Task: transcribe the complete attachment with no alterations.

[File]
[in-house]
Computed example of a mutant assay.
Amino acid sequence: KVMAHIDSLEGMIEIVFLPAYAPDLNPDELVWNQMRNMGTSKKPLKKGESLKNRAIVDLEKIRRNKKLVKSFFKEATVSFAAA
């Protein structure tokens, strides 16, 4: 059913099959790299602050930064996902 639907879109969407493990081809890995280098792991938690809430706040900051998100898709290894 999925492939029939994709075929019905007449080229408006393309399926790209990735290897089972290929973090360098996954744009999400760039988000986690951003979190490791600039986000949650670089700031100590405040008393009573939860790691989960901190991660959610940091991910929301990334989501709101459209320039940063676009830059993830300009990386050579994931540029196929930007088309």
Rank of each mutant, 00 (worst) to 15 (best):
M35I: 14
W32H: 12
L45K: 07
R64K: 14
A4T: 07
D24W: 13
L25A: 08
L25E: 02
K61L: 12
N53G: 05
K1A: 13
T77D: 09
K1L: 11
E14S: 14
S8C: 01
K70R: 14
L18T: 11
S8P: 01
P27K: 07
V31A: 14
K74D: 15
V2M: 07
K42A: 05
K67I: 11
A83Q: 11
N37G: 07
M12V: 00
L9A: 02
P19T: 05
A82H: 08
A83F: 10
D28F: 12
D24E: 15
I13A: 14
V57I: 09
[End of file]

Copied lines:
[in-house]
Computed example of a mutant assay.
Amino acid sequence: KVMAHIDSLEGMIEIVFLPAYAPDLNPDELVWNQMRNMGTSKKPLKKGESLKNRAIVDLEKIRRNKKLVKSFFKEATVSFAAA
């Protein structure tokens, strides 16, 4: 059913099959790299602050930064996902 639907879109969407493990081809890995280098792991938690809430706040900051998100898709290894 999925492939029939994709075929019905007449080229408006393309399926790209990735290897089972290929973090360098996954744009999400760039988000986690951003979190490791600039986000949650670089700031100590405040008393009573939860790691989960901190991660959610940091991910929301990334989501709101459209320039940063676009830059993830300009990386050579994931540029196929930007088309």
Rank of each mutant, 00 (worst) to 15 (best):
M35I: 14
W32H: 12
L45K: 07
R64K: 14
A4T: 07
D24W: 13
L25A: 08
L25E: 02
K61L: 12
N53G: 05
K1A: 13
T77D: 09
K1L: 11
E14S: 14
S8C: 01
K70R: 14
L18T: 11
S8P: 01
P27K: 07
V31A: 14
K74D: 15
V2M: 07
K42A: 05
K67I: 11
A83Q: 11
N37G: 07
M12V: 00
L9A: 02
P19T: 05
A82H: 08
A83F: 10
D28F: 12
D24E: 15
I13A: 14
V57I: 09